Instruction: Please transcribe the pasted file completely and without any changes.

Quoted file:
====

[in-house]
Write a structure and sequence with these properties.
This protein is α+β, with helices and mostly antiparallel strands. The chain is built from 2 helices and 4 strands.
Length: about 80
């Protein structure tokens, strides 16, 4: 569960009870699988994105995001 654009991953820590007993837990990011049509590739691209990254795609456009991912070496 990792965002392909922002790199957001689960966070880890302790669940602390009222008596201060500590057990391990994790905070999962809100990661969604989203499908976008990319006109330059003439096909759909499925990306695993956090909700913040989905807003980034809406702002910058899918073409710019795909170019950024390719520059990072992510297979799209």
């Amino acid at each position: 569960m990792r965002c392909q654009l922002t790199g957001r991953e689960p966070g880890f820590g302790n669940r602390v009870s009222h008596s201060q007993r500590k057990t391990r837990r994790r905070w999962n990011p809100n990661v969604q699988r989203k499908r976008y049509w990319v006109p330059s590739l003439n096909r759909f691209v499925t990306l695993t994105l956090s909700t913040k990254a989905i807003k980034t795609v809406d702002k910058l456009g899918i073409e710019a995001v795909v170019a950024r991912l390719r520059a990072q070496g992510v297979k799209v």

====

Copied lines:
[in-house]
Write a structure and sequence with these properties.
This protein is α+β, with helices and mostly antiparallel strands. The chain is built from 2 helices and 4 strands.
Length: about 80
């Protein structure tokens, strides 16, 4: 569960009870699988994105995001 654009991953820590007993837990990011049509590739691209990254795609456009991912070496 990792965002392909922002790199957001689960966070880890302790669940602390009222008596201060500590057990391990994790905070999962809100990661969604989203499908976008990319006109330059003439096909759909499925990306695993956090909700913040989905807003980034809406702002910058899918073409710019795909170019950024390719520059990072992510297979799209």
């Amino acid at each position: 569960m990792r965002c392909q654009l922002t790199g957001r991953e689960p966070g880890f820590g302790n669940r602390v009870s009222h008596s201060q007993r500590k057990t391990r837990r994790r905070w999962n990011p809100n990661v969604q699988r989203k499908r976008y049509w990319v006109p330059s590739l003439n096909r759909f691209v499925t990306l695993t994105l956090s909700t913040k990254a989905i807003k980034t795609v809406d702002k910058l456009g899918i073409e710019a995001v795909v170019a950024r991912l390719r520059a990072q070496g992510v297979k799209v």